"tear down those statues" -- a word from my father
My father, a history buff and Civil War reenactor, had a piece published in The Washington Post on Sunday and just didn't think to mention it for four days -- classic.
My father has spent much of his life researching the history of the Confederacy and the contributions of Robert E. Lee -- and then he has spent much of the past few days having honest conversations with the people around him, and has landed somewhere new. Thank you, Dad, for teaching me how to engage with people in constructive dialogues, and always keep my own social constructs under a critical lens. I value his lens here. I think it will be helpful for anyone who is trying to navigate this whole Confederate monument deal. This is not my arena of expertise, so I yield to him; feel free to share and respond.
Here is his statement, in full:
"I used to be a defender of the Confederate flag. That's over now. It ended yesterday with the insanity that happened in Charlottesville, Virginia, my home state.
I cared about that flag because it represented a different time in America when Virginia chose to side with other southern states and go to war. Never mind the reasons for that decision now; the decision was made and Virginia called on its sons to defend her. And some of my ancestors answered that call, and fought for Virginia in the American Civil War. Some of them died in that war, and they died following that flag. We grow up honoring our ancestors here in the south, and so for that reason a lot of latter day southerners have honored that flag - myself included.
But after what I saw yesterday in Charlottesville, I have to change my way of thinking about the Confederate flag. I have to accept now it has been stolen from our collective southern heritage by the worst elements of American society. The racists, the haters, the ignorant. The KKK, those so-called "white supremisists", those modern day Nazis. They have taken the flag that my ancestors followed and perverted it for purposes that I consider to be evil and immoral. I saw a photo taken in Charlottesville yesterday of a man parading with a Confederate flag alongside another man holding a WWII era Nazi party flag. I cannot tolerate that. If the Confederate flag *wasn't* a symbol of hatred before, it has become one now, because low people have made it one. They have stained that flag beyond redemption in my lifetime, and have quite probably stained it forever. As long as I live, I can never forgive them for that.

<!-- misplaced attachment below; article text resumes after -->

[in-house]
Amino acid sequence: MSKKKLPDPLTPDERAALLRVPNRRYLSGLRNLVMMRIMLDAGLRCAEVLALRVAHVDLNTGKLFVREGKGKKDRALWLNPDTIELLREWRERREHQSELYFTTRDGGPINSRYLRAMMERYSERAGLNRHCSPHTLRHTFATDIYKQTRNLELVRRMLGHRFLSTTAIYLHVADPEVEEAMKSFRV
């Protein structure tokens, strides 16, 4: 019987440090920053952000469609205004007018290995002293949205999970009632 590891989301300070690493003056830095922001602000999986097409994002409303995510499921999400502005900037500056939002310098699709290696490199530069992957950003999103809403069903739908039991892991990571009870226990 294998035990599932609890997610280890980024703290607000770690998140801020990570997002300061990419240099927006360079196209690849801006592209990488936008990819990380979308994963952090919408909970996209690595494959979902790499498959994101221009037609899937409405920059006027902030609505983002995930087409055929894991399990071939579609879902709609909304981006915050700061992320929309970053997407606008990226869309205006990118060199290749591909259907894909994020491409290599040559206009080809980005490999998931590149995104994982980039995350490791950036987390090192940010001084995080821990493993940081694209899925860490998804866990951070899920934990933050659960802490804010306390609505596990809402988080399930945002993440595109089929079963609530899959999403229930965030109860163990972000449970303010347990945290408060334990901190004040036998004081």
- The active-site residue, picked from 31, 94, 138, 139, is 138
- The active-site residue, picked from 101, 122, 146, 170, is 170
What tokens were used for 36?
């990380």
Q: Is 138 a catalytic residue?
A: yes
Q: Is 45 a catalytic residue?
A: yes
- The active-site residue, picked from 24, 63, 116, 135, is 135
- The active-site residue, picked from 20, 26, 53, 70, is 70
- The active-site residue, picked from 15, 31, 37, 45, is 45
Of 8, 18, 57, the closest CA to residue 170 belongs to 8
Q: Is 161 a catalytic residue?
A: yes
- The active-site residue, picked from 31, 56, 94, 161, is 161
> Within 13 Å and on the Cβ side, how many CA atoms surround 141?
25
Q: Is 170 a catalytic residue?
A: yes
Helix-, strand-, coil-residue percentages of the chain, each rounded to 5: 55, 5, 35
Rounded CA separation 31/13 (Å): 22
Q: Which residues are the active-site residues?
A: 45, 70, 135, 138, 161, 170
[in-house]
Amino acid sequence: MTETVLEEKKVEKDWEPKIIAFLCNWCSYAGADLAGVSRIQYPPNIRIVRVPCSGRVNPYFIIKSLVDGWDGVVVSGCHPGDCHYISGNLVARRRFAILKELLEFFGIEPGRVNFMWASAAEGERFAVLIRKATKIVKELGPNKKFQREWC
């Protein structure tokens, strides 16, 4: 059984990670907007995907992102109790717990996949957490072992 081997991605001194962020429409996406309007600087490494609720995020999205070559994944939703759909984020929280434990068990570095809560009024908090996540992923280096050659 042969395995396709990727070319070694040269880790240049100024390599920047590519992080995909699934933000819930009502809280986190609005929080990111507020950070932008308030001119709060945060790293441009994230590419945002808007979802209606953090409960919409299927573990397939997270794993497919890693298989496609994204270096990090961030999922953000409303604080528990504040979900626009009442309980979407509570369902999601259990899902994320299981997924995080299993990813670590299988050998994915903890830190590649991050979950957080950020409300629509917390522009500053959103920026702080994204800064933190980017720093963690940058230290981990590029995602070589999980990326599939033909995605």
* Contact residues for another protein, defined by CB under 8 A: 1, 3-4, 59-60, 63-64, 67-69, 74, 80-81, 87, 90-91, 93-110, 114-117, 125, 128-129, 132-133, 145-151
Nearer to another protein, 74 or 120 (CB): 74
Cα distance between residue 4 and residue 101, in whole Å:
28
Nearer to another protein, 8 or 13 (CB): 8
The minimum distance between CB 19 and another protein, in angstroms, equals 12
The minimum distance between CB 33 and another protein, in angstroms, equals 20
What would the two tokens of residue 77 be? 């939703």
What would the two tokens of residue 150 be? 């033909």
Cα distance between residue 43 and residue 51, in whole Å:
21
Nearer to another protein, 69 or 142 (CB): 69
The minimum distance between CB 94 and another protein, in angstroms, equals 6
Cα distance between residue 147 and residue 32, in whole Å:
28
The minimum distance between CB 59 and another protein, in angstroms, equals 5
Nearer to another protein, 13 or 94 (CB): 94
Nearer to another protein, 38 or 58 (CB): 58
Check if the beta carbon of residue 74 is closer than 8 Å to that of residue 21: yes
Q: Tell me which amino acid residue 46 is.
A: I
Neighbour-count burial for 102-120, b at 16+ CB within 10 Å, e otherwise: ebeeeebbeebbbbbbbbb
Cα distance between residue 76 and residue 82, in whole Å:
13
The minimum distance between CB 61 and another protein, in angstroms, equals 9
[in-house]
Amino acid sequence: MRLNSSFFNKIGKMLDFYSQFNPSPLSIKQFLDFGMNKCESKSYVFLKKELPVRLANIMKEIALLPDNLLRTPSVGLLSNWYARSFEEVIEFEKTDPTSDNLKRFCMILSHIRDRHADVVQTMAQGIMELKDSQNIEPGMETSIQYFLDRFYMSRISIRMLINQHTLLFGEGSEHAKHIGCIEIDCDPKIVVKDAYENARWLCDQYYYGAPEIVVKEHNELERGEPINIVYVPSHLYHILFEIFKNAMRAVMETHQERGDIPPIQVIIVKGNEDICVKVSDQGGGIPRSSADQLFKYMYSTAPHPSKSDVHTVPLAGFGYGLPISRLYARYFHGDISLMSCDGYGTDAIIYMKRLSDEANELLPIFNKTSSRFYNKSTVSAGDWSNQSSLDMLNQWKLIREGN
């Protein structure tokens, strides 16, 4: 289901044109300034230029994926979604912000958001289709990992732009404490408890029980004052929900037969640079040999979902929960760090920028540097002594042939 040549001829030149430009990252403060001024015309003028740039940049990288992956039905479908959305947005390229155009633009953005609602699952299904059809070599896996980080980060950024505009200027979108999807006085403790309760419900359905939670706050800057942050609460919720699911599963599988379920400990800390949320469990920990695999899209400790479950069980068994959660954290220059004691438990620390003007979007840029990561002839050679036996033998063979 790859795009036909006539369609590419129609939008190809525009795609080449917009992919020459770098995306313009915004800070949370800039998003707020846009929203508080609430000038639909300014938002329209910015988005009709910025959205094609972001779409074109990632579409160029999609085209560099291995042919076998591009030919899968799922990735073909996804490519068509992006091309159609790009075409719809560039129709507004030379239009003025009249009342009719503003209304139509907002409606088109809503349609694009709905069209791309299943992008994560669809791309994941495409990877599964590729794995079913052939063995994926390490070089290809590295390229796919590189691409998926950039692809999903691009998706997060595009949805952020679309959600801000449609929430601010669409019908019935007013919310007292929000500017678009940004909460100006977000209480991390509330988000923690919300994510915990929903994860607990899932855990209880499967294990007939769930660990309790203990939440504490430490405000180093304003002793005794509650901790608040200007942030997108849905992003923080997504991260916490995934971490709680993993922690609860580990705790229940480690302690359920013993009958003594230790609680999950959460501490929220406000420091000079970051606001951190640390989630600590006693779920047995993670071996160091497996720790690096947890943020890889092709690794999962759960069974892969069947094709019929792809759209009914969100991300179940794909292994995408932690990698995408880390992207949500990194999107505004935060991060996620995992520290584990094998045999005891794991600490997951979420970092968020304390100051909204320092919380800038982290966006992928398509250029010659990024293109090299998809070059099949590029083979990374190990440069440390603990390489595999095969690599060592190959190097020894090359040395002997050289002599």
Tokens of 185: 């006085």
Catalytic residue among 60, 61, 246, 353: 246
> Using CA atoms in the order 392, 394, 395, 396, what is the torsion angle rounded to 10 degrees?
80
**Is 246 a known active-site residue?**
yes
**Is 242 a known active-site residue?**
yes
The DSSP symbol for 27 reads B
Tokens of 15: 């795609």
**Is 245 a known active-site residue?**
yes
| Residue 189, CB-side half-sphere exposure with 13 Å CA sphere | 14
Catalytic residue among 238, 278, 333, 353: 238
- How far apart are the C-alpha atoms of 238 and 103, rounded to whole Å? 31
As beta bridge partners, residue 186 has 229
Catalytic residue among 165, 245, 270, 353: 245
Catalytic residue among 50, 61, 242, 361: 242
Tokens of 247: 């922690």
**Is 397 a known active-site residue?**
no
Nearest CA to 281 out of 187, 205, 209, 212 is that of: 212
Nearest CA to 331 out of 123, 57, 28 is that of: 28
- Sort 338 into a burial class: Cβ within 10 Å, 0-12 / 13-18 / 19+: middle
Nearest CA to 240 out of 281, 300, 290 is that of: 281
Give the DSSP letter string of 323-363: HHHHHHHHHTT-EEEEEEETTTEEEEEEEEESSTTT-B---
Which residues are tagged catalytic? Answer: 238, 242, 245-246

Robert Edward Lee is a personal hero of mine. I admire and respect the man for many reasons, but none more important than for the way he conducted himself after the Civil War. He could very easily have taken to the mountains, gathered others around him, and waged a bloody and destructive guerilla war that would have fractured America even further than the Civil War itself had done. Instead he signed an honorable surrender at Appomattox, went home, and began doing all that he could to start rebuilding the country. He accepted a job at a small struggling Virginia school and spent the rest of his days working to educate young leaders who would themselves work to rebuild the state and the nation into a more just society. Robert E. Lee died doing that work, and I respect and honor him for it. The many statues and memorials honoring him in America are well deserved and serve to remind Americans that honor, duty, and working for justice as Lee tried to do are worthy standards to live our own lives by.
But after the events of yesterday, if I could do so I would go to Charlottesville, knock that statue of my hero down with a sledge hammer, and throw the fragments into the sea. And do you know who would stand beside me and help me do it if he were alive today? Robert E. Lee himself, that's who. The same people who have co-opted and disgraced the Confedrate flag now shame and disgrace other memorials to our past, such as that statue of Lee in Charlottesville, and they do so apparently with a complete lack of understanding that their words and actions dishonor the man whose statue they rally around, and that they disgrace the most important things that Lee stood for in his life.
Robert E. Lee would weep if he could see what those people have done in his name. As a Virginian I am weeping now at the shame of it.
Take down those statues; take down and hide away those flags. We Americans have obviously failed to learn the lessons of our great and terrible Civil War. As long as something like the events that happened yesterday in Charlottesville can still happen, we don't deserve to raise our eyes and see the image of a man like Robert E. Lee. He would be ashamed of what we have become."